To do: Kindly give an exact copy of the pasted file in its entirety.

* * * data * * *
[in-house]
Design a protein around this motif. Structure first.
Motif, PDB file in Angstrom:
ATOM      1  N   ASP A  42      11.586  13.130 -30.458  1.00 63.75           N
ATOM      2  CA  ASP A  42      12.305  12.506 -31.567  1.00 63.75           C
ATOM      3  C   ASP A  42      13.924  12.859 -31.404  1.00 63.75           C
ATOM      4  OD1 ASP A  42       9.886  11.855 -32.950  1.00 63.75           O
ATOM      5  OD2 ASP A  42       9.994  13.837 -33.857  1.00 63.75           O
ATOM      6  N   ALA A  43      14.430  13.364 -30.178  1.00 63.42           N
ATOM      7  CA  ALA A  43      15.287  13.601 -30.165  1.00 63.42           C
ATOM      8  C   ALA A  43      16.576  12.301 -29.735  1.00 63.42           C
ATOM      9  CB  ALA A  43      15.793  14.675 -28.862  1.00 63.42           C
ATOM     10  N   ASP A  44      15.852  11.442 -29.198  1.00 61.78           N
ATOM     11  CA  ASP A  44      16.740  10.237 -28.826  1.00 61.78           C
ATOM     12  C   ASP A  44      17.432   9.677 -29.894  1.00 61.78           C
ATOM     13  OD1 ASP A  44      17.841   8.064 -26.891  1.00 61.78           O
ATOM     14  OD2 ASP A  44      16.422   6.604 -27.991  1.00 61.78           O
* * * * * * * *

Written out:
[in-house]
Design a protein around this motif. Structure first.
Motif, PDB file in Angstrom:
ATOM      1  N   ASP A  42      11.586  13.130 -30.458  1.00 63.75           N
ATOM      2  CA  ASP A  42      12.305  12.506 -31.567  1.00 63.75           C
ATOM      3  C   ASP A  42      13.924  12.859 -31.404  1.00 63.75           C
ATOM      4  OD1 ASP A  42       9.886  11.855 -32.950  1.00 63.75           O
ATOM      5  OD2 ASP A  42       9.994  13.837 -33.857  1.00 63.75           O
ATOM      6  N   ALA A  43      14.430  13.364 -30.178  1.00 63.42           N
ATOM      7  CA  ALA A  43      15.287  13.601 -30.165  1.00 63.42           C
ATOM      8  C   ALA A  43      16.576  12.301 -29.735  1.00 63.42           C
ATOM      9  CB  ALA A  43      15.793  14.675 -28.862  1.00 63.42           C
ATOM     10  N   ASP A  44      15.852  11.442 -29.198  1.00 61.78           N
ATOM     11  CA  ASP A  44      16.740  10.237 -28.826  1.00 61.78           C
ATOM     12  C   ASP A  44      17.432   9.677 -29.894  1.00 61.78           C
ATOM     13  OD1 ASP A  44      17.841   8.064 -26.891  1.00 61.78           O
ATOM     14  OD2 ASP A  44      16.422   6.604 -27.991  1.00 61.78           O